Interview with Angèle David-Guillou

Angèle David-Guillou

Four years on from the elegantly grand piano-led compositions that comprised her given-name debut album Kourouma, the French-born London-based Angèle David-Guillou – formerly of Piano Magic and song-based solo alias Klima – returns with the rhythmically fascinating, melodically accomplished and simply rather beautiful En Mouvement on the Village Green label.

Presenting a width of mood colour, from the darkly pensive to the joyously exuberant and adeptly orchestrated with ingenious string and woodwind arrangements, En Mouvement takes as its musical theme the entire notion of ‘movement’ within both music and the composer’s emotional inner life. This is reflected in a series of compelling and contrasting pieces that unite and explore both rigorous minimalism and a highly developed sense of melodic romanticism.


You were originally known for your work with the Anglo-French electronic art-rock band, Piano Magic and, more specifically, your own singer-songwriter guise of Klima. It’s something of a musical voyage between those projects and En Mouvement. How did you come to land on such neo-classical shores?

It’s a return to my own shores if anything; or rather I’m not sure I’ve ever left them. Neo-classical? I received a classical education in piano and music theory from the age of 5 to 16. It’s had a massive influence on my musical culture and practice. I’ve always listened to a lot of ‘classical’ music, in the broadest sense of the world. In many ways when I started singing and playing guitar in a rock band in my teens, it was also a response to this strict education that didn’t allow for much experimentation and personal expression, which is what I’ve always strived for. I think you can hear my ‘classical’ influences in most things that I’ve done.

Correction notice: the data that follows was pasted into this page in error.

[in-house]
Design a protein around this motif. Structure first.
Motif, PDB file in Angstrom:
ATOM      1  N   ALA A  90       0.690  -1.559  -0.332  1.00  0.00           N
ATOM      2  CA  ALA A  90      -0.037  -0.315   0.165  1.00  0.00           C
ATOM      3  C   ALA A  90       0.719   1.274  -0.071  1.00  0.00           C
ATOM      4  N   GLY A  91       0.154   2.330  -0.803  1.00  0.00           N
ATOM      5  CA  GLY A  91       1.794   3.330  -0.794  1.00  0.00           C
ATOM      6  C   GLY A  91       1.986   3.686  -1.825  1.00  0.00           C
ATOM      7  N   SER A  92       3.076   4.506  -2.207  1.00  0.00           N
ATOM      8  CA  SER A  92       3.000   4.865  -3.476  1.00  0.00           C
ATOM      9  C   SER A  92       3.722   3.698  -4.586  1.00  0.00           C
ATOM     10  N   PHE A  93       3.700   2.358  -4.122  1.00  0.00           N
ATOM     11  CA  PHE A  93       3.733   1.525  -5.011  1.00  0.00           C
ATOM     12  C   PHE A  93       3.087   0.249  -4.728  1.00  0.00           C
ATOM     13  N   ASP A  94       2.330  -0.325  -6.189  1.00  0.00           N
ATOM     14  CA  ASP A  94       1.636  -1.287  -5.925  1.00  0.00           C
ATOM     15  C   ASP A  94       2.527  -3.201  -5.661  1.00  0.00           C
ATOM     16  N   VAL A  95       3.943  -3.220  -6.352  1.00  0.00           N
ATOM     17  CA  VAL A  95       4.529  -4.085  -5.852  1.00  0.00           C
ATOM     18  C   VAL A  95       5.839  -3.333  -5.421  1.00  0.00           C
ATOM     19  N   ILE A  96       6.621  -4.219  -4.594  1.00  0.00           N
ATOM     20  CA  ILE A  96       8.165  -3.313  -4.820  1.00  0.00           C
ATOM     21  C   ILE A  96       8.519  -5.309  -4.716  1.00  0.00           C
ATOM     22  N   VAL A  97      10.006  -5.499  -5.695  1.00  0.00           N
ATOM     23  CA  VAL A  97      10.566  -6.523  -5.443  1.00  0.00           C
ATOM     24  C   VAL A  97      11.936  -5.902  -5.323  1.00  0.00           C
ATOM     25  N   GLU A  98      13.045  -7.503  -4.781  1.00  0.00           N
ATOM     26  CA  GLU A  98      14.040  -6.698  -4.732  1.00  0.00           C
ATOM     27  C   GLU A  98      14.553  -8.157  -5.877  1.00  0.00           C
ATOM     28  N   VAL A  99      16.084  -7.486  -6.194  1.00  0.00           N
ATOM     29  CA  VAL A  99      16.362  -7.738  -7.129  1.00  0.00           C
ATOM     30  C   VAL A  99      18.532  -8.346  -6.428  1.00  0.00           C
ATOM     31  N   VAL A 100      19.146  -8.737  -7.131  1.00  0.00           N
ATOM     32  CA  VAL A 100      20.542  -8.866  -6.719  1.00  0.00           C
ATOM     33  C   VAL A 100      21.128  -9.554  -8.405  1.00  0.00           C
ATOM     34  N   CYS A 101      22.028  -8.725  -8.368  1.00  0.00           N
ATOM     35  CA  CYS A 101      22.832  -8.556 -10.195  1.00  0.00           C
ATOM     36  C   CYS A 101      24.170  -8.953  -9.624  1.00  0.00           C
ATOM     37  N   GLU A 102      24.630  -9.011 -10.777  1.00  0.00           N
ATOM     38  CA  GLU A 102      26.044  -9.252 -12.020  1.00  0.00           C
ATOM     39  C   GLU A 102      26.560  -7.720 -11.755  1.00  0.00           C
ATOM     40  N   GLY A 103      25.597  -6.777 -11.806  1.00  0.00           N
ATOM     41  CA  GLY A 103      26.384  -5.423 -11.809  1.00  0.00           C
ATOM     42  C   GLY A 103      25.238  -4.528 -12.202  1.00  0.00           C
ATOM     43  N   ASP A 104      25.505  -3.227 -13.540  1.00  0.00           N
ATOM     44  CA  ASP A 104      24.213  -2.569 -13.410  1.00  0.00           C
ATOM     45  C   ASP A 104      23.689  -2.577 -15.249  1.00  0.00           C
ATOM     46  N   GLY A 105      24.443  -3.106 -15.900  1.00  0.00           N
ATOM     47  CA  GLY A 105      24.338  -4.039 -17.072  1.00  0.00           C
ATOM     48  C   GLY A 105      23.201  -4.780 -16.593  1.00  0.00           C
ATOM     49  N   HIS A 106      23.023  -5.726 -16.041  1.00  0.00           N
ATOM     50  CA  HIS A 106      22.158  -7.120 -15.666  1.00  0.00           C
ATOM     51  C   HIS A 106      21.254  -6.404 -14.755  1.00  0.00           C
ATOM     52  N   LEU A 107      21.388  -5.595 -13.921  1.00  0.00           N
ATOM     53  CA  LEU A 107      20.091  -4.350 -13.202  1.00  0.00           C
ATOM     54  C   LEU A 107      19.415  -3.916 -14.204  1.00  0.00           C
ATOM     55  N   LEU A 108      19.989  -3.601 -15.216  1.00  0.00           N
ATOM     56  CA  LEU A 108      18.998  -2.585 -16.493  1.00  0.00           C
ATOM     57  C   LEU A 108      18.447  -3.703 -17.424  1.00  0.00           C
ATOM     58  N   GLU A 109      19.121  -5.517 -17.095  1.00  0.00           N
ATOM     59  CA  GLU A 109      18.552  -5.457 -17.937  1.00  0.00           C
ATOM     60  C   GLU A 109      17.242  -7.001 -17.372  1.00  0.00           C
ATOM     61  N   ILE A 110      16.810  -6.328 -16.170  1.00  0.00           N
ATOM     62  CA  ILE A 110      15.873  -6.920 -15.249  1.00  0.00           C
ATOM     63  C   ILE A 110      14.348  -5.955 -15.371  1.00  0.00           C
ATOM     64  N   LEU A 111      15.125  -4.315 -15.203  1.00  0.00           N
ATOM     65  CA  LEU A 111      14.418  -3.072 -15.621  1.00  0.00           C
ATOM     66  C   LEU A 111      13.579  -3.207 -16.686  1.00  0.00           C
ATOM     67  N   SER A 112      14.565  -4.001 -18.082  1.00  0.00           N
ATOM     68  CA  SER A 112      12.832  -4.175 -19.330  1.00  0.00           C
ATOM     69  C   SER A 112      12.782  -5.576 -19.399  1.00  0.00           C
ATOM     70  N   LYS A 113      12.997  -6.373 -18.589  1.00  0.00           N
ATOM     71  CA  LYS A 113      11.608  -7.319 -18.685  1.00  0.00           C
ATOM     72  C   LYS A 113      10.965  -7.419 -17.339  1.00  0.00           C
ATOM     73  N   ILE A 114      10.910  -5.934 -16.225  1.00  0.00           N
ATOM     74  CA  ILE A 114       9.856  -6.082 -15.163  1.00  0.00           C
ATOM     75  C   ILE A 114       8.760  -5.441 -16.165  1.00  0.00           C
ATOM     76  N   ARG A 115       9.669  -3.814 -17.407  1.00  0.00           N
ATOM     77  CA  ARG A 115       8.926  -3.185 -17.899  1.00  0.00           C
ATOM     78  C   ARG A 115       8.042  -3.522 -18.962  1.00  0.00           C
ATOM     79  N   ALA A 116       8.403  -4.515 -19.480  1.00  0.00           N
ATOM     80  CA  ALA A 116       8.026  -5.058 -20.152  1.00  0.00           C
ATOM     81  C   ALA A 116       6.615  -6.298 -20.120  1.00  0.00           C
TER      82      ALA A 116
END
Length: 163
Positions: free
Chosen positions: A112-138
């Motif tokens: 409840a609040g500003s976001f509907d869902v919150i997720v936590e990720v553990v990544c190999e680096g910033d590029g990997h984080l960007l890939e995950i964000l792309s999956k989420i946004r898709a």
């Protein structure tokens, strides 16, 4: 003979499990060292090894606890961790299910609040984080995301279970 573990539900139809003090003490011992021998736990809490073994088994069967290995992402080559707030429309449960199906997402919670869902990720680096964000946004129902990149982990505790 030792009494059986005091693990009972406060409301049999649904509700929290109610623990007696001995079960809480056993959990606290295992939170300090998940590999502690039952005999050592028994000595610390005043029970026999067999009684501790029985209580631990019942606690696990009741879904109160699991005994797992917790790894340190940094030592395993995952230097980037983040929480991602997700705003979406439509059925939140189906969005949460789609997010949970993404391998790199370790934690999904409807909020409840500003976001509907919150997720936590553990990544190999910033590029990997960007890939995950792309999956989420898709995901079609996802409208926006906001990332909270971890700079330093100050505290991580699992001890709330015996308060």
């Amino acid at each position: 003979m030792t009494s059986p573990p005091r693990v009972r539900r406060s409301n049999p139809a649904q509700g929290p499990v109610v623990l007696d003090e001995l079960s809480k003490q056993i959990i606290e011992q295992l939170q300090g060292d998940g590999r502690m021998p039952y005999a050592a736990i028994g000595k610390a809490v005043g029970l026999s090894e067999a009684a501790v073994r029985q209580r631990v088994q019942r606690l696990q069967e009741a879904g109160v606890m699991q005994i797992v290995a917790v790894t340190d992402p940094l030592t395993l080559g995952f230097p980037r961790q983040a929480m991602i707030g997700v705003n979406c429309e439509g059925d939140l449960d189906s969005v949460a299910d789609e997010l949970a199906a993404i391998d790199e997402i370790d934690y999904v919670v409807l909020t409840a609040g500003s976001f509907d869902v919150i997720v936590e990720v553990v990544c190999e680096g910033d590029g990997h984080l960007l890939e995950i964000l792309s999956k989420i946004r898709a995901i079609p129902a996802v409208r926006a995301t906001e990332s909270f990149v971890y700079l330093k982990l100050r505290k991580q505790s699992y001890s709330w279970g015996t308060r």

It’s true that many musicians attempt to run in parallel musical genres but do you feel any anxiety that your earlier audience will have trouble following your shift? It’s not always easy to be seen as more than ‘one thing’.

Many musicians do what they want. I don’t think about these things at all. I don’t compartmentalise music and I don’t make music for other people. Of course, it’s a huge satisfaction if people are touched by one’s music, especially when performing live, but in all honesty, I write music for nobody else than myself. I have always done exactly what I wanted creatively. It’s all that matters to me; I don’t see the point otherwise. You take it or leave, that’s not up to me. It’s all me. I can’t be someone else.

Do you feel that your prior ‘Angèle’ album, the largely instrumental, largely piano-based Kourouma, could be understood as a stepping-stone between your Klima work and En Mouvement?

I imagine you could say so retrospectively, it wasn’t intended like this and to be fair every record I’ve made is a stepping-stone in its own way. I wanted to do something very specific with Kourouma, something very intimate, with clear melodic lines and condensed around the piano. I had very different ideas in mind for En Mouvement. I like to learn my trade through making records and I hope I will continue to evolve and learn with every record I make in the future, I have still loads to learn about music and lots to discover about myself. That’s primarily why I make music.

The arrangements, structure and feel of En Mouvement is quite full-orchestral as opposed to simply utilising orchestral instruments. Presumably you felt that what you had composed needed that treatment and that effect?

The intent was there before I started writing the music. Whereas Kourouma was thought of as a piano record with orchestral instrumentation, for En Mouvement I wanted to write specifically for other instruments, and especially for the saxophone family. I also had very specific production ideas before any recordings had been made.